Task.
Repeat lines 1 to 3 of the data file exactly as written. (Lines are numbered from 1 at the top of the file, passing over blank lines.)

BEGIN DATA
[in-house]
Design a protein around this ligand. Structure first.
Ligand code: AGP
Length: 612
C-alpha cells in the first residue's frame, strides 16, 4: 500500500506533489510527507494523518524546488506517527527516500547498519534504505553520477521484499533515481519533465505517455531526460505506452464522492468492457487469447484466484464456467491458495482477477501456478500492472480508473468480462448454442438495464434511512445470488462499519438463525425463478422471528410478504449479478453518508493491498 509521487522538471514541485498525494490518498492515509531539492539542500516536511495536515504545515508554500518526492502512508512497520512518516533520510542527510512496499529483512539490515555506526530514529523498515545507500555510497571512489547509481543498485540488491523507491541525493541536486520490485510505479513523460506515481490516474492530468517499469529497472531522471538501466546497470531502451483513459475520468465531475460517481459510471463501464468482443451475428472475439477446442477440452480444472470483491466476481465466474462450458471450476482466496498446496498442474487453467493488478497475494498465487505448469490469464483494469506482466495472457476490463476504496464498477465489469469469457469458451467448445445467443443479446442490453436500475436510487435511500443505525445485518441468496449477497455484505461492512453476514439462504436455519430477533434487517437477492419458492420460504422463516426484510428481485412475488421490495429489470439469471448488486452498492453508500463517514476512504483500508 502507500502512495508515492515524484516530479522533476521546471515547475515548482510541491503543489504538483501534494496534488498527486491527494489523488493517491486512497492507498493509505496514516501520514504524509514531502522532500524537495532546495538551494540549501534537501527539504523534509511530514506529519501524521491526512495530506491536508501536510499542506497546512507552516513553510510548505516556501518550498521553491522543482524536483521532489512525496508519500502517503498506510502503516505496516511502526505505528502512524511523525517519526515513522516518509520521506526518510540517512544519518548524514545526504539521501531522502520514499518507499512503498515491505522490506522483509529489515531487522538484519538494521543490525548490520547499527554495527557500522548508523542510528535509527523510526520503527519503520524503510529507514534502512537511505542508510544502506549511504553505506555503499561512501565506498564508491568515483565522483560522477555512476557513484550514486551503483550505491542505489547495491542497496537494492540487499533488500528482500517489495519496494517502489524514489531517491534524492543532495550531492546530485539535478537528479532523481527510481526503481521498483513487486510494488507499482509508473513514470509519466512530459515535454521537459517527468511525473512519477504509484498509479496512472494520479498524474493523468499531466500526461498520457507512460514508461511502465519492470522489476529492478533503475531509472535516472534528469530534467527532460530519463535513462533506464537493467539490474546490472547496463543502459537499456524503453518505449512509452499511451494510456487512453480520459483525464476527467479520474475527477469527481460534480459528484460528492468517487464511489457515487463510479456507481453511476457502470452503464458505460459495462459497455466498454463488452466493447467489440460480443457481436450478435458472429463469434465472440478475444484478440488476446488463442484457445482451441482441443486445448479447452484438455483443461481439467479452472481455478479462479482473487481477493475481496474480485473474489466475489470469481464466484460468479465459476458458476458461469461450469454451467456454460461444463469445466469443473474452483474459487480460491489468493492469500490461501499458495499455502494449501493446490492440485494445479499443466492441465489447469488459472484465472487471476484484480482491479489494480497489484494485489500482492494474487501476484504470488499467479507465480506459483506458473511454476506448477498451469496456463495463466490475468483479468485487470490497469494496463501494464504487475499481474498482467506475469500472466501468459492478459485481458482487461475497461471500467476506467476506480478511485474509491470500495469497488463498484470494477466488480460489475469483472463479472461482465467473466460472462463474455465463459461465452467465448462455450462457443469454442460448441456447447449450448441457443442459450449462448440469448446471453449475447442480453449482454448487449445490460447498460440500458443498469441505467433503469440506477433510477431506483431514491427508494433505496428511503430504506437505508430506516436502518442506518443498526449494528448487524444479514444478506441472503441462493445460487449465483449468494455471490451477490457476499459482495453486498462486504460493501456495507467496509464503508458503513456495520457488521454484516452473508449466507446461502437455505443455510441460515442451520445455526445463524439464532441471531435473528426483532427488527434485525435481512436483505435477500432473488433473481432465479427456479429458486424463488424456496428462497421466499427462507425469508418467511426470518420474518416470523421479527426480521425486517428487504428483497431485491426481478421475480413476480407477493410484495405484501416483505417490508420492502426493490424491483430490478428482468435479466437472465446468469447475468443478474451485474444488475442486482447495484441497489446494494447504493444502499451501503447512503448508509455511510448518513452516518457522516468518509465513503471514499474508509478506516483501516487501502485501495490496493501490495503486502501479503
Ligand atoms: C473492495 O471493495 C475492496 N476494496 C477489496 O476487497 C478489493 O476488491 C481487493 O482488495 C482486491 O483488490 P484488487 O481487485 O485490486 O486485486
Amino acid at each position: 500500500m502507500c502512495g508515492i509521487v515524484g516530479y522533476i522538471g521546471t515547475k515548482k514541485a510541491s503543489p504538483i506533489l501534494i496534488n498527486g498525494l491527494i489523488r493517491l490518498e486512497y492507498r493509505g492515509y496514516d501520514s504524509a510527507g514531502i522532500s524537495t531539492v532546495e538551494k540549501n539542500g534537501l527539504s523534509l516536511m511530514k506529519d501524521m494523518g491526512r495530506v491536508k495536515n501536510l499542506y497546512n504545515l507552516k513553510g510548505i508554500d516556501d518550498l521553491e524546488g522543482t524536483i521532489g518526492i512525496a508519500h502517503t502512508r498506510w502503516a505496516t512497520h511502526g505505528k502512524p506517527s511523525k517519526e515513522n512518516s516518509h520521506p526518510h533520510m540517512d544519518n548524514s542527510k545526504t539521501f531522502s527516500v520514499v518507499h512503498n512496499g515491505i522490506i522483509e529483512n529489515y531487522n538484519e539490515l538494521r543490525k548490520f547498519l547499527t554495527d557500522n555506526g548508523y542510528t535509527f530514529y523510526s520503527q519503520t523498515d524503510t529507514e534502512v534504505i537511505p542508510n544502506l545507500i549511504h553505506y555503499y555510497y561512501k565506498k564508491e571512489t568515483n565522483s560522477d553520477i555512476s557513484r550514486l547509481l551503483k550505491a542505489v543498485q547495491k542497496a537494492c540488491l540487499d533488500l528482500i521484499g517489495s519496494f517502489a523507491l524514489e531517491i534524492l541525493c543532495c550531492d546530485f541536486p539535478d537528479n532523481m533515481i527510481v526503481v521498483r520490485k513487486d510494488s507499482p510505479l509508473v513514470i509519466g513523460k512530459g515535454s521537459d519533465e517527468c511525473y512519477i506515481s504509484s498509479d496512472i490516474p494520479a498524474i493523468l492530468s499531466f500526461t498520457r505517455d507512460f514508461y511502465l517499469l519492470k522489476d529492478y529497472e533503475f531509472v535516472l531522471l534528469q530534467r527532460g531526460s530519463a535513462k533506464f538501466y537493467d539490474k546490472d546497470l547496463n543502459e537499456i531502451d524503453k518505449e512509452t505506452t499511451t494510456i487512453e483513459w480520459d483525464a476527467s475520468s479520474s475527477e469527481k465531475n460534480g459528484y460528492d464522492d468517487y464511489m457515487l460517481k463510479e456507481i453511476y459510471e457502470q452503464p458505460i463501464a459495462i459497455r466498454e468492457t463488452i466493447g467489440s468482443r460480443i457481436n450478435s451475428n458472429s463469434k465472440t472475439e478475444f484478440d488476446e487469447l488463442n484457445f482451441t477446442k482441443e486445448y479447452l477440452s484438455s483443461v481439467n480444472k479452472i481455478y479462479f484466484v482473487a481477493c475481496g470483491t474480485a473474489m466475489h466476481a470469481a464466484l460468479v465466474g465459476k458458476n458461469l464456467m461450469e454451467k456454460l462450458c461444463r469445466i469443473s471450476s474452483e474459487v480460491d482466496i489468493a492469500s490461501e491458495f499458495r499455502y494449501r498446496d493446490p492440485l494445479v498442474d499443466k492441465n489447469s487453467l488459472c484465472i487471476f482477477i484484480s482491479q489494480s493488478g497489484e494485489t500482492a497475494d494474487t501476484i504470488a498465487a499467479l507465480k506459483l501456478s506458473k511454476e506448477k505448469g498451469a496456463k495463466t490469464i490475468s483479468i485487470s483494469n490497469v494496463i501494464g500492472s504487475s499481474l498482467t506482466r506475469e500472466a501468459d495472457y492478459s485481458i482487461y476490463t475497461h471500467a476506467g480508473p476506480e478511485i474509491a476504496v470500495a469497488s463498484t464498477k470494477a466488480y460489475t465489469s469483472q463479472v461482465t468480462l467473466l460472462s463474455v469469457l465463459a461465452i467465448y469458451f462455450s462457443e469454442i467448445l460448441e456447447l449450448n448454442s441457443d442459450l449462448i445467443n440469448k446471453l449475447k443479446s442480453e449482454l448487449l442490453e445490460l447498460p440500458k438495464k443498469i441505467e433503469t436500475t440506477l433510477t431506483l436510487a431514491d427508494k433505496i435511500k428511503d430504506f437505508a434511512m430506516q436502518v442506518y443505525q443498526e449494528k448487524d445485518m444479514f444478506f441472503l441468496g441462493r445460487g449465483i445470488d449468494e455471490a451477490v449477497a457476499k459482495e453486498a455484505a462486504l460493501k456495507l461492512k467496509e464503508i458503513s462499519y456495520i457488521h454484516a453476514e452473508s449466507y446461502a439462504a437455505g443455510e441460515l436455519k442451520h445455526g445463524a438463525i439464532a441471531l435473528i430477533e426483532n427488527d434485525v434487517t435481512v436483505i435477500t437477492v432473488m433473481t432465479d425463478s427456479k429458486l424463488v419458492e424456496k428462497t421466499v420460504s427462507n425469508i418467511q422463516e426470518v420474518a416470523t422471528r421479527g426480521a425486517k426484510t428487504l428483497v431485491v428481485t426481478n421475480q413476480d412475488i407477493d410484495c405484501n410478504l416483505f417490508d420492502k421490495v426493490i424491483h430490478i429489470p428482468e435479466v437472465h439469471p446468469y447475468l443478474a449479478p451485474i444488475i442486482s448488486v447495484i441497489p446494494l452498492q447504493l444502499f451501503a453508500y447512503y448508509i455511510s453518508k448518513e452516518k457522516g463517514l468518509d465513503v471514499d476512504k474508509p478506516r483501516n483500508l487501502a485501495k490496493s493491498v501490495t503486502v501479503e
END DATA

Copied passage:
[in-house]
Design a protein around this ligand. Structure first.
Ligand code: AGP